More than 2,500 former coal miners, ministers, mothers, students, and climate activists, representing over 40 states from Arizona to Appalachia, successfully blocked all five entrances to the Capitol Power Plant for nearly four hours today, forming the largest display of civil disobedience on the climate crisis in U.S. history. The organizers pronounced the event a success because its scale and the commitment of its participants was the biggest example yet of the kind of public support necessary to solve the climate crisis.
The demonstration was led by Dr. James Hansen, one of the world's leading climate scientists, and some of the nation's most influential environmental leaders, including Robert Kennedy, Jr., Bill McKibben, Wendell Berry, Gustave Speth, Vandana Shiva as well as Grammy-winner Kathy Mattea and actress Daryl Hannah. Participants, many of whom were willing to risk arrest, united to demand bold and far-reaching action on the climate and energy crises in 2009.
The demonstration has already left an impact on Congress. On Thursday, House Speaker Nancy Pelosi, D-Calif., and Senate Majority Leader Harry Reid, D-Nev., called for the removal of coal from the plant's fuel mix. Prior attempts to remove coal entirely have been blocked by powerful coal-state Senators Robert Byrd, D-W.Va., and Mitch McConnell, R-Ky. While this is a very small step toward moving the country off of fossil fuels it does show that public pressure is essential for achieving swift action on the climate.
"I have been described as the grandfather of climate change. In fact, I am just a grandfather and I do not want my grandchildren to say that grandpa understood what was happening but didn't make it clear," Dr. Hansen said in a recent interview.
This is a critical year for strong U.S. leadership on climate and energy, with a major domestic policy debate around the corner and a deadline for international action set for the Copenhagen climate talks in December. The UN Intergovernmental Panel on Climate Change has cautioned that the United States and other industrialized countries need to reduce their global warming pollution by 25-40 percent below 1990 levels by 2020 to avoid the worst impacts of severe climate change.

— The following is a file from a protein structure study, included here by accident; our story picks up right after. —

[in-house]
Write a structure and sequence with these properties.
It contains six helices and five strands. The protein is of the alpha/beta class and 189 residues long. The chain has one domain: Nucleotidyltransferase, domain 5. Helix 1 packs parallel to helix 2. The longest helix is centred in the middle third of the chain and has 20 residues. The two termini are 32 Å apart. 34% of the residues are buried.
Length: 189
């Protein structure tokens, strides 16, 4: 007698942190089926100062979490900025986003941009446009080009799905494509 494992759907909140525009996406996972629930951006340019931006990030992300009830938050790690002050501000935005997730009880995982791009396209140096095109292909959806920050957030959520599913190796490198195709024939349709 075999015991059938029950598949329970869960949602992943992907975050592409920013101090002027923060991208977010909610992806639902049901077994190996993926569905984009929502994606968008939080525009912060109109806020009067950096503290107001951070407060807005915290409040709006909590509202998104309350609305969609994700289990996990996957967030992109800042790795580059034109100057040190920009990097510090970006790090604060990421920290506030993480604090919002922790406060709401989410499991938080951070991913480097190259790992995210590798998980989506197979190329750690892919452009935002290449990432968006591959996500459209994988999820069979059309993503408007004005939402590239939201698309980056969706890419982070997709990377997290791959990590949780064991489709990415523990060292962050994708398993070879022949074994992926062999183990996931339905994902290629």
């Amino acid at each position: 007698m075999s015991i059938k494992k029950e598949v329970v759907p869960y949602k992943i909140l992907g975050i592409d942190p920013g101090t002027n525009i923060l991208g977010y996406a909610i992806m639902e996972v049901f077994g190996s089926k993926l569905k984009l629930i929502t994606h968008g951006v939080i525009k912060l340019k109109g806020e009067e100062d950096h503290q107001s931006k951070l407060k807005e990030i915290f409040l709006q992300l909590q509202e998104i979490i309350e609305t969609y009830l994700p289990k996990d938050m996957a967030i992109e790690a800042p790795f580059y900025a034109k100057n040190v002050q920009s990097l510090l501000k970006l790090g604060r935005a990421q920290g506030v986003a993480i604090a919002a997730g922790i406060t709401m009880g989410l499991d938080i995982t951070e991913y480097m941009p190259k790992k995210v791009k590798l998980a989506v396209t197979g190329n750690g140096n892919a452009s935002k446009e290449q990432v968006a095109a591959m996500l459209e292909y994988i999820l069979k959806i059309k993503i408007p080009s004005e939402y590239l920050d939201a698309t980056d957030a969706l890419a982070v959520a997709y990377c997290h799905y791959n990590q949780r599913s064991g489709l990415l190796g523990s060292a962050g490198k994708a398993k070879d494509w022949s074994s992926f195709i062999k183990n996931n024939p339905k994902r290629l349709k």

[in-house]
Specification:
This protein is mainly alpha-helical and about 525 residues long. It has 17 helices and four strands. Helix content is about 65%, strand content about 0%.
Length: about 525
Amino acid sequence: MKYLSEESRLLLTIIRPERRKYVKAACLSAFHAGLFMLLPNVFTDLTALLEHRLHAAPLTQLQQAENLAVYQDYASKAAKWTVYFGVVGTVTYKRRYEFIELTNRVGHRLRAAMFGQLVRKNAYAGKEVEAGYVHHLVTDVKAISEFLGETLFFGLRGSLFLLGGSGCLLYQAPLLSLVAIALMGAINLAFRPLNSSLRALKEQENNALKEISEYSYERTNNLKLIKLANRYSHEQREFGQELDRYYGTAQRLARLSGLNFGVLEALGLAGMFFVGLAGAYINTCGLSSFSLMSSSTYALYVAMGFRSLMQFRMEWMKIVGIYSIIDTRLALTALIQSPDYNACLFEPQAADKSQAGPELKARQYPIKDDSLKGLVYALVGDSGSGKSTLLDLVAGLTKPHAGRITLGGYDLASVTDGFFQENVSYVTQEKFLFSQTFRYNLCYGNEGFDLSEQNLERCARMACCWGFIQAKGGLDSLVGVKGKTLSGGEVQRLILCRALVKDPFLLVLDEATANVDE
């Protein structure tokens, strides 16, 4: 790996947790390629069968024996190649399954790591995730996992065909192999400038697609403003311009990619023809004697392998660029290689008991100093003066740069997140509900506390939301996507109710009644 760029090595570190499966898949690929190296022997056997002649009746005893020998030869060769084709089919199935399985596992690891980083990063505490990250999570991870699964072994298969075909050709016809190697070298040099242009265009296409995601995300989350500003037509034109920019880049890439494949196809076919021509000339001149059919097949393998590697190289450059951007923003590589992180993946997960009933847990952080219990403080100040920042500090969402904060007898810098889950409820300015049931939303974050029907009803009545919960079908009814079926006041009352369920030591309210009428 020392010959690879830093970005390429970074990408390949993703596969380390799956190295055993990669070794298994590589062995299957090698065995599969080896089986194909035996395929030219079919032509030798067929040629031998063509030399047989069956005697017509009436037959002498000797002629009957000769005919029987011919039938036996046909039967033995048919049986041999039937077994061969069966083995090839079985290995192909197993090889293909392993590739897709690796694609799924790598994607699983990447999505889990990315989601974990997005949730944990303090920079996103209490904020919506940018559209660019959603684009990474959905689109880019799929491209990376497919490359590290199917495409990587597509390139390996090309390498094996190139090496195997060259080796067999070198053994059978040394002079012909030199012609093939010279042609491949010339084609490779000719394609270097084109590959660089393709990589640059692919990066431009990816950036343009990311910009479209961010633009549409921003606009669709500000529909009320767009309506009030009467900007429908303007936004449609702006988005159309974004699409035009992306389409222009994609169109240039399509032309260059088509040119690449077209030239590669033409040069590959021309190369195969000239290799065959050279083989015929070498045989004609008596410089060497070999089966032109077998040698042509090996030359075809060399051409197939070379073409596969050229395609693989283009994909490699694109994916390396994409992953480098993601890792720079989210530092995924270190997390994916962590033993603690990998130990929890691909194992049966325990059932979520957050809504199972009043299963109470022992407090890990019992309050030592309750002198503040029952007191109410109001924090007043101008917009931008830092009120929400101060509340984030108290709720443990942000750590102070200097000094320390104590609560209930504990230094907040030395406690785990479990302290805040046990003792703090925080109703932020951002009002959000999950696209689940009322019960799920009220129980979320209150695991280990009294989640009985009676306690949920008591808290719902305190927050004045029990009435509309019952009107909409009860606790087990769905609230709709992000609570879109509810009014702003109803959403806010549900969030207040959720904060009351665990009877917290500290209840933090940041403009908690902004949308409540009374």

Dr. Hansen told Congress that the world must begin phasing out coal immediately to avoid catastrophic global warming, including severe economic impacts. The climate crisis, if left unaddressed, is projected to put a $271 billion drag on the U.S. economy by 2025. Coal is the country's biggest source of global warming pollution. Furthermore, burning coal cuts short at least 24,000 lives in the U.S. annually, inflicts severe damage to the landscape and water supplies, and jeopardizes the lives of miners.
There are clean and safe alternatives to coal, like wind and solar power, which will create at least 5 million jobs and help curb global warming. A recent University of Massachusetts study found investing in clean energy projects like wind power and mass transit creates three-to-four times more jobs than the same expenditure on the coal industry. The wind power sector has grown to employ more Americans than coal mining as demand for clean energy has jumped over the past decade. Investing in wind and solar power would create 2.8 times as many jobs as the same investment in coal; mass transit and conservation would create 3.8 times as many jobs as coal.
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Notes: For quick facts on coal and the protest, visit http://www.capitolclimateaction.com/?page_id=33 Pelosi and Reid’s letter is available at: http://speaker.house.gov/newsroom/pressreleases?id=1028.